Additive Manufacturing means any technology capable of obtaining
a final component starting from a 3D CAD file and adding material layer by layer.
At a theoretical level, Additive Manufacturing only coincides with the 3D part construction
phase. In reality, in order to fully understand this technology, a series of other
preprinting and postprinting activities must be considered, which constitute the
entire supply chain of Additive Manufacturing.
In this article we will analyze the activities that precede and follow 3D printing,
paying particular attention to the requirements of the materials and the processes
necessary to obtain a high quality production.
In the next chapter we will discover how important the production of print material
is in order to avoid defects in the components.
The preprinting phase
If we limit the field of Additive Manufacturing to the single and more widespread
powder bed technology
Melting (SLM), during the entire supply chain it is essential to take care of
the atmosphere that surrounds the material in all its production steps. For example,
considering the production of powders as a preprinting phase, it is necessary to
pay a lot of attention to how they are produced. If the powders were obtained through
an atomization process in an unsuitable atmosphere, we could find, in the printing
phase, oxidized powders, which could be particularly difficult to melt or could
melt generating defects inside the material of the molded component.
Assuming that the starting point of the powders is optimal, that is that the
powders have been produced correctly in terms of geometry and absence of oxides,
even during the process of 3D printing it is essential to control
the atmosphere inside the accretion chamber. This is easily understood since
3D SLM printing can be compared to a continuous welding process,
in which the fused pool must be continuously protected by inert gas. Despite the
inertization of the interface between the molten pool and the chamber environment,
small residues of oxygen or slight impurities contained in the gas, not perfectly
pure, can result in unwanted inclusions within the final piece, with consequent
unacceptable colors and deterioration mechanical performance in a future use.
Also the postprinting phase is important to optimize the mechanical properties
of the components. Read on to see the interesting results we've achieved in
the lab, using vacuum heat treatments.
Did you like this article up to here?
Before you continue, follow us on our LinkedIn page pressing the button here below!
In this way, we'll be able to keep you updated on most advanced technologies for heat treatments not only with our posts, but also with the best articles that we collect around the web.
The postprinting phase
After 3D printing, most of the materials that can be printed with SLM technology
always need a heat treatment. This heat treatment can be de-tensioning
(to release most of the internal tensions accumulated in the material during the
printing phase) or of another type (to try to optimize the mechanical properties
of the component according to its specific application).
Usually these treatments are carried out in air or in controlled atmosphere.
In reality, TAV VACUUM FURNACES has experimented in its internal laboratory (figures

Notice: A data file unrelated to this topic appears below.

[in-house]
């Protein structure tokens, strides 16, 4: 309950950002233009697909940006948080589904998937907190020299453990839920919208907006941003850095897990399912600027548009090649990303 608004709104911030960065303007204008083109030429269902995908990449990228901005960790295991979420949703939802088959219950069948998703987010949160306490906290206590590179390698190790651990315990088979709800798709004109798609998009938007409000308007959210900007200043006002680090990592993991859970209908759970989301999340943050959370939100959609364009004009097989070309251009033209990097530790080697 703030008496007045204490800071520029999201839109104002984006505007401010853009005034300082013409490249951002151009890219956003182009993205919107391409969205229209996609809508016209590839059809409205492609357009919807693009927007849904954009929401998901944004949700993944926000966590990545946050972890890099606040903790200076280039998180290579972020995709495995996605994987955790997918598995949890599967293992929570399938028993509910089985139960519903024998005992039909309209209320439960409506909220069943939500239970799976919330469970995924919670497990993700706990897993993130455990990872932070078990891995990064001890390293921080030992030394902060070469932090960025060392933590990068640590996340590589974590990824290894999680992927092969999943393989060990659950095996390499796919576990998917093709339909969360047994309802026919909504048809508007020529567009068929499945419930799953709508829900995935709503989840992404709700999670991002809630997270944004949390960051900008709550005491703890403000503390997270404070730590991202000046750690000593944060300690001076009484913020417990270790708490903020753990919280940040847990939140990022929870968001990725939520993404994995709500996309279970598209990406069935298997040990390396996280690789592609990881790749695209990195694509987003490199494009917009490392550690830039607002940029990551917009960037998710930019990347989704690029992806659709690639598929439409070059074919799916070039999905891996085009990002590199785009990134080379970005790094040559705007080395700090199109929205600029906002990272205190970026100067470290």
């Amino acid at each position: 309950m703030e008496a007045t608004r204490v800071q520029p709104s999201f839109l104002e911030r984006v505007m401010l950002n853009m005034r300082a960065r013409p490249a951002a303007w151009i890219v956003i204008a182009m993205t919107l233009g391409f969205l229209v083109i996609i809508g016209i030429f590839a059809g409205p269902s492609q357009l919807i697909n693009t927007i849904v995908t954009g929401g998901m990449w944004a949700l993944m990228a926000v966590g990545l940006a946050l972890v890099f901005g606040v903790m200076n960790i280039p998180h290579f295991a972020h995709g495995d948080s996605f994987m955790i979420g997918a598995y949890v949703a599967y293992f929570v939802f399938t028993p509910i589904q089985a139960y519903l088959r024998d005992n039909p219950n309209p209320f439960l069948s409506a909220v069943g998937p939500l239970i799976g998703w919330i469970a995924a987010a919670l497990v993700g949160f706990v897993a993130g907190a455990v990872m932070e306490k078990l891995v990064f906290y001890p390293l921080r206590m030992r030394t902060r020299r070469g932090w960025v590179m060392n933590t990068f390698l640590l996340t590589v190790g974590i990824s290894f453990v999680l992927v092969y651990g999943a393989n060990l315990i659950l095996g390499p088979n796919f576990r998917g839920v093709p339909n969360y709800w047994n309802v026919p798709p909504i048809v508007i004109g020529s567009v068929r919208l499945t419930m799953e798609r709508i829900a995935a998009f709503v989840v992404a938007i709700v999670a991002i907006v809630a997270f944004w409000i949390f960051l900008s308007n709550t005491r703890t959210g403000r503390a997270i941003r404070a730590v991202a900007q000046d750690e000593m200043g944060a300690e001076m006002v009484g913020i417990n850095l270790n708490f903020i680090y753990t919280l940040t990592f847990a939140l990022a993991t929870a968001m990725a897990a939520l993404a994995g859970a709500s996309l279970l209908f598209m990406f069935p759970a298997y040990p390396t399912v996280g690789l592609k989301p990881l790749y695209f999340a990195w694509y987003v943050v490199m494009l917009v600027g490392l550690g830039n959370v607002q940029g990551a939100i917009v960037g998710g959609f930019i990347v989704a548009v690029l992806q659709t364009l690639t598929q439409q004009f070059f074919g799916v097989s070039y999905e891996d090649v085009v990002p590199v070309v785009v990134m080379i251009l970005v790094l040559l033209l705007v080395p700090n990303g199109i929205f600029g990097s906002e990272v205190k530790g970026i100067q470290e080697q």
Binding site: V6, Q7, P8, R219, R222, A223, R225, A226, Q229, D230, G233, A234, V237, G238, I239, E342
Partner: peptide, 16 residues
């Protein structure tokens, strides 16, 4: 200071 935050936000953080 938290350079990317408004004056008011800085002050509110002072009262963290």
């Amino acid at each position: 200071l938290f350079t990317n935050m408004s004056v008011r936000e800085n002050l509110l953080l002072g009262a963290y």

1 and 2) that on specific components and materials, such as stainless steel
(figures 3 and 4), titanium superalloys (figures 5, 6, 7 and 8),
superalloys of nickel and CoCr alloys, the use
of vacuum is required.
In the case of titanium, even a low vacuum level around 10^-3 mbar is not sufficient.
Figure 1: TheTAV VACUUM FURNACES R&D Laboratory.
Figure 2: Detail of a TAV furnace hot chamber in molybdenum.
Figure 3: SLM samples in 316 L steel before heat
treatment. The samples were printed by SAIEM and analyzed by the University
of Genoa (DCCI).
Figure 4: SLM samples in 316 L steel after heat
treatment. The samples were printed by SAIEM.
Figure 5: SLM samples in Ti6Al4V before heat treatment
printed at the CNR, Institute of Chemistry of Condensed Materials and Energy
Technologies, CNR ICMATE, Lecco site.
Figure 6: SLM samples in Ti6Al4V after heat treatment
printed at the CNR, Institute of Chemistry of Condensed Materials and Technologies
for Energy, CNR ICMATE, Lecco site.
Figure 7: SLM samples in Ti6Al4V for pre-heat
treatment fatigue tests.
Figure 8: SLM samples in Ti6Al4V for post-heat
treatment fatigue tests.
Our experience, resulting from collaborations with our customers and different
universities, teaches us that vacuum is able to:
- minimize surface contamination at high heat treatment temperatures,
leading to a consequent improvement in the mechanical response of the component;
- make mechanical and corrosion verification tests, of the various printed
components, extremely repeatable;
- in some cases, clean up the samples surfaces, contaminated by printing
processes, making them shine, that, as we have already seen, take place
in a controlled atmosphere but not in total absence of oxygen.
In addition to these benefits there is also the fact that the materials mentioned
above are mostly used for aerospace and medical applications, in which very strict
rules must be respected to reduce surface contamination and to maximize mechanical
For what has been presented so far, the vacuum heat treatment turns out to be
a mandatory post process step when specific components and materials processed with
SLM technology are taken into consideration.
Do you like this blog?
For us your opinion matters, so we would be very pleased if you could write a review about us or our blog.